World Energy Use
The most prominent sources of energy used in the world are non-renewable (i.e., unsustainable).
Explain why renewable energy sources must be found and utilized
- The energy consumption increases with the increasing number of developing areas. In order for this development to continue, while maintaining quality of life, new and renewable energy sources must be found and utilized.
- Renewable energy comes from sources that will never deplete, no matter how much is used. An example of this is wind energy, which had been growing in popularity in countries like India and Germany.
- Nonrenewable energy makes up 85% the energy used on earth—the most popular form of energy being oil.
- fossil fuel: Any fuel derived from hydrocarbon deposits such as coal, petroleum, natural gas and, to some extent, peat; these fuels are irreplaceable, and their burning generates the greenhouse gas carbon dioxide.
- renewable energy: Energy that can be replenished at the same rate as it is used.
World energy consumption is the total amount of energy used by all humans on the planet (measured on a per-year basis). This measurement is the sum of all energy sources (and purposes) in use. Who measures this? Several organizations publish this data, including the International Energy Agency (IEA), the US Energy Information Administration (EIA), and the European Environment Agency. This data is useful because evaluating this information to discover trends might yield energy issues not currently being addressed, thereby encouraging the search for solutions. The IEA established a goal of limiting global warming to 2 degrees Celsius, but this goal is becoming more difficult to reach each year that the necessary action is not taken. In global energy use, fossil fuels make up a substantial portion. In 2011 they received over $500 billion in subsidies—six times more than that received by renewable energy sources.
Implementing new practices that will utilize different, renewable energy sources is important because having access to energy is important—it maintains our quality of life. Fossil fuels, however, are not sustainable at the rate they are currently used. About 40% of the world’s energy comes from oil, but oil prices are dependent on uncertain factors (such as availability, politics, and world events). The United States alone uses 24% of the world’s oil per year, yet it makes up only 4.5% of the world’s population! In 2008, total worldwide energy consumption was 474 exajoules (474×1018 J=132,000 TWh)—equivalent to an average power usage of 15 terawatts (1.504×1013 W). Potential renewable energy sources include: solar energy at 1600 EJ (444,000 TWh), wind power at 600 EJ (167,000 TWh), geothermal energy at 500 EJ (139,000 TWh), biomass at 250 EJ (70,000 TWh), hydropower at 50 EJ (14,000 TWh) and ocean energy at 1 EJ (280 TWh).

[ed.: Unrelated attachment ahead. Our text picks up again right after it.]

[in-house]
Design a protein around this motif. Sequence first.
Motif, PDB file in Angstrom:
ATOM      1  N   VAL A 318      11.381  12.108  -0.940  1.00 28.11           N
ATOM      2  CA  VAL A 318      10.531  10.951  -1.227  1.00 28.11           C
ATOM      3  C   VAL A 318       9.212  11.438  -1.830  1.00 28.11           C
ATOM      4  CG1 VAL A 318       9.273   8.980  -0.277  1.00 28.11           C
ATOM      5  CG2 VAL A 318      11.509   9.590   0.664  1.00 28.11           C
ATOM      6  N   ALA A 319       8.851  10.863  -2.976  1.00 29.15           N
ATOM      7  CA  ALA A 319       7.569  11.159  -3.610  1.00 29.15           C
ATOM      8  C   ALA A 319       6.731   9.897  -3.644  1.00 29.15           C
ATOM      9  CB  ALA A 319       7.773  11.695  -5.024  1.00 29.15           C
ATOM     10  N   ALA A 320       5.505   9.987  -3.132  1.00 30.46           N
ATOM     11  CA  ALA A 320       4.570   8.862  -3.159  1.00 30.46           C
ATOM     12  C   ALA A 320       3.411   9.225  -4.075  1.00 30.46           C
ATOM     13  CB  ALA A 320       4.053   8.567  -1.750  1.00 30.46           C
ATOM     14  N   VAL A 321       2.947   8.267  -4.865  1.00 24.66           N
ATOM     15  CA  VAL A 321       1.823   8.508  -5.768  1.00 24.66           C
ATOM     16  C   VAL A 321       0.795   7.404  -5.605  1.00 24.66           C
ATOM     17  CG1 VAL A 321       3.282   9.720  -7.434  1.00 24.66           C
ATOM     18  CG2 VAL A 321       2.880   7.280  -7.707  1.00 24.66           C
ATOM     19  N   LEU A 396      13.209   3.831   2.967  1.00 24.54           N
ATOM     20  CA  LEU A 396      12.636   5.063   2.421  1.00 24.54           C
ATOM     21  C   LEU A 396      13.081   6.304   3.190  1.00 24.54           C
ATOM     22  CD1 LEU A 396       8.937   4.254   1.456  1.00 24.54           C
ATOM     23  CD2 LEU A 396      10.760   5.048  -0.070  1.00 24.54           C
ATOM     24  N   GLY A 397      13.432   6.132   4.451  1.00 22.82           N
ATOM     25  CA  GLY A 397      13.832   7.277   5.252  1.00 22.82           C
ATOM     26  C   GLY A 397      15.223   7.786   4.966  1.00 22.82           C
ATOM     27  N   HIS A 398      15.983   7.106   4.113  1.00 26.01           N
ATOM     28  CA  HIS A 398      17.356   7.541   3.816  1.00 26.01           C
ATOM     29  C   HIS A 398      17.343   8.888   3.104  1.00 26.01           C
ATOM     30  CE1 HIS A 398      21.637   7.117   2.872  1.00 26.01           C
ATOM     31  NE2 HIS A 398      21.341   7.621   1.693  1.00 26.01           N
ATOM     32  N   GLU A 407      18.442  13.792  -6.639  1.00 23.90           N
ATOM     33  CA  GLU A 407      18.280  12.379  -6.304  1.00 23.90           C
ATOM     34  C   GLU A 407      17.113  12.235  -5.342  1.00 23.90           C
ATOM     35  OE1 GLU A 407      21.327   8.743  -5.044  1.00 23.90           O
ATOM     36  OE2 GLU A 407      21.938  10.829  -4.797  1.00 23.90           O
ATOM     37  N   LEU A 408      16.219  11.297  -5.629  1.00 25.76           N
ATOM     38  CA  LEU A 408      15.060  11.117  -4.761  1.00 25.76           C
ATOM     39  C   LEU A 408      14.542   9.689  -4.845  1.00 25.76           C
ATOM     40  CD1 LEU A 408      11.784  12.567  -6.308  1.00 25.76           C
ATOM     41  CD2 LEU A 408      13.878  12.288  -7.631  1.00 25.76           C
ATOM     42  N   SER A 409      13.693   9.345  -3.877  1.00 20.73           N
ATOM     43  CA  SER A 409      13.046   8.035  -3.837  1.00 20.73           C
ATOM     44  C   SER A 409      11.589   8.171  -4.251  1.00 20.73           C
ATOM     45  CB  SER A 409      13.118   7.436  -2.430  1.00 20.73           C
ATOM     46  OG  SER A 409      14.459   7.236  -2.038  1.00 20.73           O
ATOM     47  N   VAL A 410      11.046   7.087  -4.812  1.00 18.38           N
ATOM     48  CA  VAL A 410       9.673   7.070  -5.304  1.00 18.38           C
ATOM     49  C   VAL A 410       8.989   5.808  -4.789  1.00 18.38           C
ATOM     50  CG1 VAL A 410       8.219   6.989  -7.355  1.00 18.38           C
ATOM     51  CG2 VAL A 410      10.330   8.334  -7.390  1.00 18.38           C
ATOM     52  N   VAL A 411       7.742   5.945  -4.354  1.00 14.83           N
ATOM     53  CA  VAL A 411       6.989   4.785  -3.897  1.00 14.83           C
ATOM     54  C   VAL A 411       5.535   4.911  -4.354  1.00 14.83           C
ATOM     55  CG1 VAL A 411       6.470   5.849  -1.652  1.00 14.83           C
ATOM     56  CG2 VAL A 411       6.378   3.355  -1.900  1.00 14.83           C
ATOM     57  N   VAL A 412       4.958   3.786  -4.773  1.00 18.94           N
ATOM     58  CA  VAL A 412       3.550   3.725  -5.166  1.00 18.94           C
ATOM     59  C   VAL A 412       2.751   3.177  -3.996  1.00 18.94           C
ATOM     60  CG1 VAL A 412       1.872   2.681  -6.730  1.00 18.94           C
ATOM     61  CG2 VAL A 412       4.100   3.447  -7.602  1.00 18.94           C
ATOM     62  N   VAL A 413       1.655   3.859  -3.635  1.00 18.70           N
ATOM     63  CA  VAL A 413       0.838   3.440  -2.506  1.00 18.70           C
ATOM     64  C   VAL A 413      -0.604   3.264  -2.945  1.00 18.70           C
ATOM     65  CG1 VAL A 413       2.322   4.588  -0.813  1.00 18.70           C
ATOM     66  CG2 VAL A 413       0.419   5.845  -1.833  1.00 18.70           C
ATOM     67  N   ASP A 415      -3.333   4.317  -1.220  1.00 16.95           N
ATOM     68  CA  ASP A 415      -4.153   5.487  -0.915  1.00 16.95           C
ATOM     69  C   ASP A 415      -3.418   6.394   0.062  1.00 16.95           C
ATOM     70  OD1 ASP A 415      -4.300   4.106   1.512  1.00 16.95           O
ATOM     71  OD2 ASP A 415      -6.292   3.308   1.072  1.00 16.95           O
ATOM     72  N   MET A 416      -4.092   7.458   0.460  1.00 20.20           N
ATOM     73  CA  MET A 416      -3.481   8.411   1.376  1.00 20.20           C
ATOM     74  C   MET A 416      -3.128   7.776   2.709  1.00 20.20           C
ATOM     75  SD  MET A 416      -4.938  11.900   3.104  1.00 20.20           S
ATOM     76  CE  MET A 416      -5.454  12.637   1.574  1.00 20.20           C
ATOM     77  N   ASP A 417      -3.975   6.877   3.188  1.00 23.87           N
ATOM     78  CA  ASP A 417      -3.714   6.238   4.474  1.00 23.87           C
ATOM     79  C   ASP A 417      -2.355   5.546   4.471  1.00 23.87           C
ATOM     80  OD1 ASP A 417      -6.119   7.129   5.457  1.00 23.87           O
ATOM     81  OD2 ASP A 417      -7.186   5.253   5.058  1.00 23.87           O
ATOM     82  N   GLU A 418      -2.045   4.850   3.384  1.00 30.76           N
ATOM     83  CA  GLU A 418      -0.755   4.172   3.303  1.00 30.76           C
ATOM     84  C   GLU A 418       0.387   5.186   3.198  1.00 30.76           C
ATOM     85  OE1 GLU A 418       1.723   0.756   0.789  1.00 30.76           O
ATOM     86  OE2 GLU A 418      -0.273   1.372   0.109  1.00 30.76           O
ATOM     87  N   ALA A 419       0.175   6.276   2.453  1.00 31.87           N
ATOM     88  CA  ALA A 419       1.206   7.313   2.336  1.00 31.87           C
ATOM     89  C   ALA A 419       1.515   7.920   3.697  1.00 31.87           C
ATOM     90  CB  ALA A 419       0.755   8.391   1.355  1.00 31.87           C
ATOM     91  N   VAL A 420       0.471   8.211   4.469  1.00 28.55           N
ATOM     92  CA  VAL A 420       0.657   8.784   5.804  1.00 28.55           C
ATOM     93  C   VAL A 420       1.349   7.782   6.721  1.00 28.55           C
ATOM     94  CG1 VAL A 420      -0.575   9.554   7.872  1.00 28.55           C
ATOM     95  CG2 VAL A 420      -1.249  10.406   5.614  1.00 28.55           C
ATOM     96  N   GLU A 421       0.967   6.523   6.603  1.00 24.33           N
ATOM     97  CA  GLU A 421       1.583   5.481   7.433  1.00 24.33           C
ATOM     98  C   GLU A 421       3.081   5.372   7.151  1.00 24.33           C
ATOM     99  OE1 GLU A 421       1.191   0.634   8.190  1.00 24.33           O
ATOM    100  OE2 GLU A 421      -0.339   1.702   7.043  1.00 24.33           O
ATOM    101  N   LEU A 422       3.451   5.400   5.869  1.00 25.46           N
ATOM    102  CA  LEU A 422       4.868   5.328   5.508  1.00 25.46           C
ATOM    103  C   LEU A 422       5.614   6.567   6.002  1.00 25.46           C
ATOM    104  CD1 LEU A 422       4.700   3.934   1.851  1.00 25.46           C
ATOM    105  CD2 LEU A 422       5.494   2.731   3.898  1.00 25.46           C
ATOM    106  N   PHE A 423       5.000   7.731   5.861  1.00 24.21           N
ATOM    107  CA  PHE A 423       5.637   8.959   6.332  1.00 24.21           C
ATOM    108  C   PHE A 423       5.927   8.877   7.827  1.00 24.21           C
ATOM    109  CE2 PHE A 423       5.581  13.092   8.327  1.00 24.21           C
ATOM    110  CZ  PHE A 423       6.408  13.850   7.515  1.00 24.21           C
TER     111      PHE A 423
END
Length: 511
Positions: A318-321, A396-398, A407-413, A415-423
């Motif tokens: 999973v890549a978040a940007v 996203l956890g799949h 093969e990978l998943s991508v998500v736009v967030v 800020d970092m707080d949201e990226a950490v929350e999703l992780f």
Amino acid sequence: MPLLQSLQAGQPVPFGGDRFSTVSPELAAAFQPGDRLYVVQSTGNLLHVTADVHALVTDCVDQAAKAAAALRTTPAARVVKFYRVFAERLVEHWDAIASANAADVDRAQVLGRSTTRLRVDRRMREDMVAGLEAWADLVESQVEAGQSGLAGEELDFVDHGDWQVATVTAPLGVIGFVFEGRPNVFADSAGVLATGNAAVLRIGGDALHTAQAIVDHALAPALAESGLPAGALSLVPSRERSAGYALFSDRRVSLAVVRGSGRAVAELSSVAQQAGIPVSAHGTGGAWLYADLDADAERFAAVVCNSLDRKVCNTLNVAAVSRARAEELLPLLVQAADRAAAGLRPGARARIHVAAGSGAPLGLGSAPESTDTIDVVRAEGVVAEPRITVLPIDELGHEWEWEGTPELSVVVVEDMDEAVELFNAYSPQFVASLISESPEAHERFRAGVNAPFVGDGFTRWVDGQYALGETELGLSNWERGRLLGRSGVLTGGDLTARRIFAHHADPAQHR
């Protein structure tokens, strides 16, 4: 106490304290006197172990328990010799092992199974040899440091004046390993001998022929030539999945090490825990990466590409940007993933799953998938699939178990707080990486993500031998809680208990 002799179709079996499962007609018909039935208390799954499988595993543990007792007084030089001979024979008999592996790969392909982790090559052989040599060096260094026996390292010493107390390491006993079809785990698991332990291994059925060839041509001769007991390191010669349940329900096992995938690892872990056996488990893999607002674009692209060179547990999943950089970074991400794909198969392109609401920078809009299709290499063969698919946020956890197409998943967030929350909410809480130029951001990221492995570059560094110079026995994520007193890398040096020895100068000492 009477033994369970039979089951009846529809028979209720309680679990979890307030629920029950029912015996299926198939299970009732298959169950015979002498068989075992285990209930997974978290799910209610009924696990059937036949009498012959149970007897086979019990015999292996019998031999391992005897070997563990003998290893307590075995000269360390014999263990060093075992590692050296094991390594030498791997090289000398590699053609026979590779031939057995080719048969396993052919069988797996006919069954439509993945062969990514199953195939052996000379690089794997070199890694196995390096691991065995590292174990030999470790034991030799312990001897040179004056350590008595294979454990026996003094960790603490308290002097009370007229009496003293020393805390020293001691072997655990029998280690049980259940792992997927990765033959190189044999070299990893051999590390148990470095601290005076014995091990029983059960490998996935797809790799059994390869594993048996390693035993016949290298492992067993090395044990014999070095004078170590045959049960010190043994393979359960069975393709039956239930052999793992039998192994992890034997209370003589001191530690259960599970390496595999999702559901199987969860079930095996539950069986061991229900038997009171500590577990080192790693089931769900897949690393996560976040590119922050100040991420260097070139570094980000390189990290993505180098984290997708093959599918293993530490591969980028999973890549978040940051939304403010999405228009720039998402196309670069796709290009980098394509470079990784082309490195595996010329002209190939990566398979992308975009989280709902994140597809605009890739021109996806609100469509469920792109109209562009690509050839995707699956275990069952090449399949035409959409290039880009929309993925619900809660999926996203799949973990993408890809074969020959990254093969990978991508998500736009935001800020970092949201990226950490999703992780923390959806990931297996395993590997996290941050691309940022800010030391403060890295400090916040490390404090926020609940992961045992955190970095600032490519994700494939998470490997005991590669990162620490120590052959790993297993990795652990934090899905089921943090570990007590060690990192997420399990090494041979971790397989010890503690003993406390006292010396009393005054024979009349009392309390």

Types of Energy
shows a pie chart of world energy usage by category—both renewable and nonrenewable sources. Renewable energy comes from sources with an unlimited supply. This includes energy from water, wind, the sun, and biomass. In the US, only 10% of energy comes from renewable sources (mostly hydroelectric energy). Nonrenewable sources makes up 85% of worldwide energy usage—from sources that eventually will be depleted, such as oil, natural gases and coal.
In the last 50 years, the global energy demand has tripled due to the number of developing countries and innovations in technology. It is projected to triple again over the next 30 years. In Europe, many in such developing areas recognize that the need for renewable energy sources, as the present course of energy usage cannot be sustained indefinitely. While renewable energy development makes up a only small percentage of the field, strides are being made in natural energy, particularly wind energy.
For example, by the year 2020 Germany plans to meet 10% of their total energy usage and 20% of its electricity usage with renewable resources. While some countries are making improvements in this field, coal usage is still a huge problem. In China, two thirds of the energy used each year is from commercial coal energy. India imports 50% of its oil, and 70% of its electricity is produced from coal, which is highly polluting.